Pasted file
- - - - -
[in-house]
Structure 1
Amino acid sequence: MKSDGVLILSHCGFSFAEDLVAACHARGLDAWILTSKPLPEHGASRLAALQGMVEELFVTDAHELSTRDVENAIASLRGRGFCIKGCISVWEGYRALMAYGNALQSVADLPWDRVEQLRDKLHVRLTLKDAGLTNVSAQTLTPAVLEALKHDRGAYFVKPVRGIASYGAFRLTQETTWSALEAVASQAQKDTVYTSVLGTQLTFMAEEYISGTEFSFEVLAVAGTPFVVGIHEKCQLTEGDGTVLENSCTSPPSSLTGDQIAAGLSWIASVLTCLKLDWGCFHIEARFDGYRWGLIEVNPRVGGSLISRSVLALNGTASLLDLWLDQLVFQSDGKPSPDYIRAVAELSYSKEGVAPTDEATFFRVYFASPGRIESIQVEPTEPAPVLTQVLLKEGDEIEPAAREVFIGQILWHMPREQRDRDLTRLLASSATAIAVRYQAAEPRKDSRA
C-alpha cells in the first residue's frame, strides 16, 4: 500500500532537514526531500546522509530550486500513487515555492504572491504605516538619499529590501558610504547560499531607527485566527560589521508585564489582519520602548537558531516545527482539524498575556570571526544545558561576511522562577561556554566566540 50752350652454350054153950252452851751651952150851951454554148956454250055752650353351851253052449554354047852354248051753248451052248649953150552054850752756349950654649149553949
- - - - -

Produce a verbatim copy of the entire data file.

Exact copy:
[in-house]
Structure 1
Amino acid sequence: MKSDGVLILSHCGFSFAEDLVAACHARGLDAWILTSKPLPEHGASRLAALQGMVEELFVTDAHELSTRDVENAIASLRGRGFCIKGCISVWEGYRALMAYGNALQSVADLPWDRVEQLRDKLHVRLTLKDAGLTNVSAQTLTPAVLEALKHDRGAYFVKPVRGIASYGAFRLTQETTWSALEAVASQAQKDTVYTSVLGTQLTFMAEEYISGTEFSFEVLAVAGTPFVVGIHEKCQLTEGDGTVLENSCTSPPSSLTGDQIAAGLSWIASVLTCLKLDWGCFHIEARFDGYRWGLIEVNPRVGGSLISRSVLALNGTASLLDLWLDQLVFQSDGKPSPDYIRAVAELSYSKEGVAPTDEATFFRVYFASPGRIESIQVEPTEPAPVLTQVLLKEGDEIEPAAREVFIGQILWHMPREQRDRDLTRLLASSATAIAVRYQAAEPRKDSRA
C-alpha cells in the first residue's frame, strides 16, 4: 500500500532537514526531500546522509530550486500513487515555492504572491504605516538619499529590501558610504547560499531607527485566527560589521508585564489582519520602548537558531516545527482539524498575556570571526544545558561576511522562577561556554566566540 50752350652454350054153950252452851751651952150851951454554148956454250055752650353351851253052449554354047852354248051753248451052248649953150552054850752756349950654649149553949